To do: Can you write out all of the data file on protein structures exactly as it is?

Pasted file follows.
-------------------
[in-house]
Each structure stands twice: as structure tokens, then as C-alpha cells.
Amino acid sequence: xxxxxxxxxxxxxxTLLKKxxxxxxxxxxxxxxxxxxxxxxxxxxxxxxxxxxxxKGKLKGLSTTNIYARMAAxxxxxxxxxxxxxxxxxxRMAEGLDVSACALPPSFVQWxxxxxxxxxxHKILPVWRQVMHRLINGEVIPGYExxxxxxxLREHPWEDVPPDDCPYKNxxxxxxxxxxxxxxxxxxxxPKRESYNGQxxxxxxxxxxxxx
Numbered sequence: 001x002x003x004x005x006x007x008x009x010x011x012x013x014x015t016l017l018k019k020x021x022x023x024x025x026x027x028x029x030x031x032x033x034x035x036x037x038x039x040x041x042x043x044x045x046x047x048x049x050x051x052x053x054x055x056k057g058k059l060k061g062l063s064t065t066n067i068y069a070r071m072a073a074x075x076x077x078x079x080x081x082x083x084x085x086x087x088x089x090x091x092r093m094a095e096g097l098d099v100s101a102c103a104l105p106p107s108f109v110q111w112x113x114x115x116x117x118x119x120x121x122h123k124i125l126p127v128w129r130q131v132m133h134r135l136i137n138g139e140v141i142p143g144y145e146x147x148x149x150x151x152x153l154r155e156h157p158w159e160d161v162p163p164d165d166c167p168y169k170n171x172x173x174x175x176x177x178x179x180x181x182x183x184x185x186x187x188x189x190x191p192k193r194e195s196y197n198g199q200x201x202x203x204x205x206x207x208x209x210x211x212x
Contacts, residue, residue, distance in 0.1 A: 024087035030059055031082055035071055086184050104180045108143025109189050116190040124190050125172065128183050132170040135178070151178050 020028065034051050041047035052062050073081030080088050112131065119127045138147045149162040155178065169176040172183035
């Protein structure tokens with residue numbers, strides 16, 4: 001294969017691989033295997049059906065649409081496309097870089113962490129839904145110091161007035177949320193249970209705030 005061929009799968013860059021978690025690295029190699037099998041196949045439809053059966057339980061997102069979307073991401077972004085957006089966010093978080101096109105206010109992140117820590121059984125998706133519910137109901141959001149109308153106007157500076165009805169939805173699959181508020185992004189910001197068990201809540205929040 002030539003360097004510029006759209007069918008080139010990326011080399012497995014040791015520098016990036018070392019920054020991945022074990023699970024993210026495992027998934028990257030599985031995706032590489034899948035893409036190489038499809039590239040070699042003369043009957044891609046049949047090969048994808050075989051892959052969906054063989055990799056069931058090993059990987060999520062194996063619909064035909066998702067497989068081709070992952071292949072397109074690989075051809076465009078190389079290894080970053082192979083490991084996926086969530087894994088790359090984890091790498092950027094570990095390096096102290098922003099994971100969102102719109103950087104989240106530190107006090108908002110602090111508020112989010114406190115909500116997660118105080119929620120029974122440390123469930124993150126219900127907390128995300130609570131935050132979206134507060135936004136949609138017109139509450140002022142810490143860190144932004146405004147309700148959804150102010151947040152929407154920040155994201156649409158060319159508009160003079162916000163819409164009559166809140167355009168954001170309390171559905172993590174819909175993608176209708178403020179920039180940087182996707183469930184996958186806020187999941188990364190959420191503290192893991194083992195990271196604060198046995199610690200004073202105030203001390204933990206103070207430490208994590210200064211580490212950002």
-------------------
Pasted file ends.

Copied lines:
[in-house]
Each structure stands twice: as structure tokens, then as C-alpha cells.
Amino acid sequence: xxxxxxxxxxxxxxTLLKKxxxxxxxxxxxxxxxxxxxxxxxxxxxxxxxxxxxxKGKLKGLSTTNIYARMAAxxxxxxxxxxxxxxxxxxRMAEGLDVSACALPPSFVQWxxxxxxxxxxHKILPVWRQVMHRLINGEVIPGYExxxxxxxLREHPWEDVPPDDCPYKNxxxxxxxxxxxxxxxxxxxxPKRESYNGQxxxxxxxxxxxxx
Numbered sequence: 001x002x003x004x005x006x007x008x009x010x011x012x013x014x015t016l017l018k019k020x021x022x023x024x025x026x027x028x029x030x031x032x033x034x035x036x037x038x039x040x041x042x043x044x045x046x047x048x049x050x051x052x053x054x055x056k057g058k059l060k061g062l063s064t065t066n067i068y069a070r071m072a073a074x075x076x077x078x079x080x081x082x083x084x085x086x087x088x089x090x091x092r093m094a095e096g097l098d099v100s101a102c103a104l105p106p107s108f109v110q111w112x113x114x115x116x117x118x119x120x121x122h123k124i125l126p127v128w129r130q131v132m133h134r135l136i137n138g139e140v141i142p143g144y145e146x147x148x149x150x151x152x153l154r155e156h157p158w159e160d161v162p163p164d165d166c167p168y169k170n171x172x173x174x175x176x177x178x179x180x181x182x183x184x185x186x187x188x189x190x191p192k193r194e195s196y197n198g199q200x201x202x203x204x205x206x207x208x209x210x211x212x
Contacts, residue, residue, distance in 0.1 A: 024087035030059055031082055035071055086184050104180045108143025109189050116190040124190050125172065128183050132170040135178070151178050 020028065034051050041047035052062050073081030080088050112131065119127045138147045149162040155178065169176040172183035
């Protein structure tokens with residue numbers, strides 16, 4: 001294969017691989033295997049059906065649409081496309097870089113962490129839904145110091161007035177949320193249970209705030 005061929009799968013860059021978690025690295029190699037099998041196949045439809053059966057339980061997102069979307073991401077972004085957006089966010093978080101096109105206010109992140117820590121059984125998706133519910137109901141959001149109308153106007157500076165009805169939805173699959181508020185992004189910001197068990201809540205929040 002030539003360097004510029006759209007069918008080139010990326011080399012497995014040791015520098016990036018070392019920054020991945022074990023699970024993210026495992027998934028990257030599985031995706032590489034899948035893409036190489038499809039590239040070699042003369043009957044891609046049949047090969048994808050075989051892959052969906054063989055990799056069931058090993059990987060999520062194996063619909064035909066998702067497989068081709070992952071292949072397109074690989075051809076465009078190389079290894080970053082192979083490991084996926086969530087894994088790359090984890091790498092950027094570990095390096096102290098922003099994971100969102102719109103950087104989240106530190107006090108908002110602090111508020112989010114406190115909500116997660118105080119929620120029974122440390123469930124993150126219900127907390128995300130609570131935050132979206134507060135936004136949609138017109139509450140002022142810490143860190144932004146405004147309700148959804150102010151947040152929407154920040155994201156649409158060319159508009160003079162916000163819409164009559166809140167355009168954001170309390171559905172993590174819909175993608176209708178403020179920039180940087182996707183469930184996958186806020187999941188990364190959420191503290192893991194083992195990271196604060198046995199610690200004073202105030203001390204933990206103070207430490208994590210200064211580490212950002």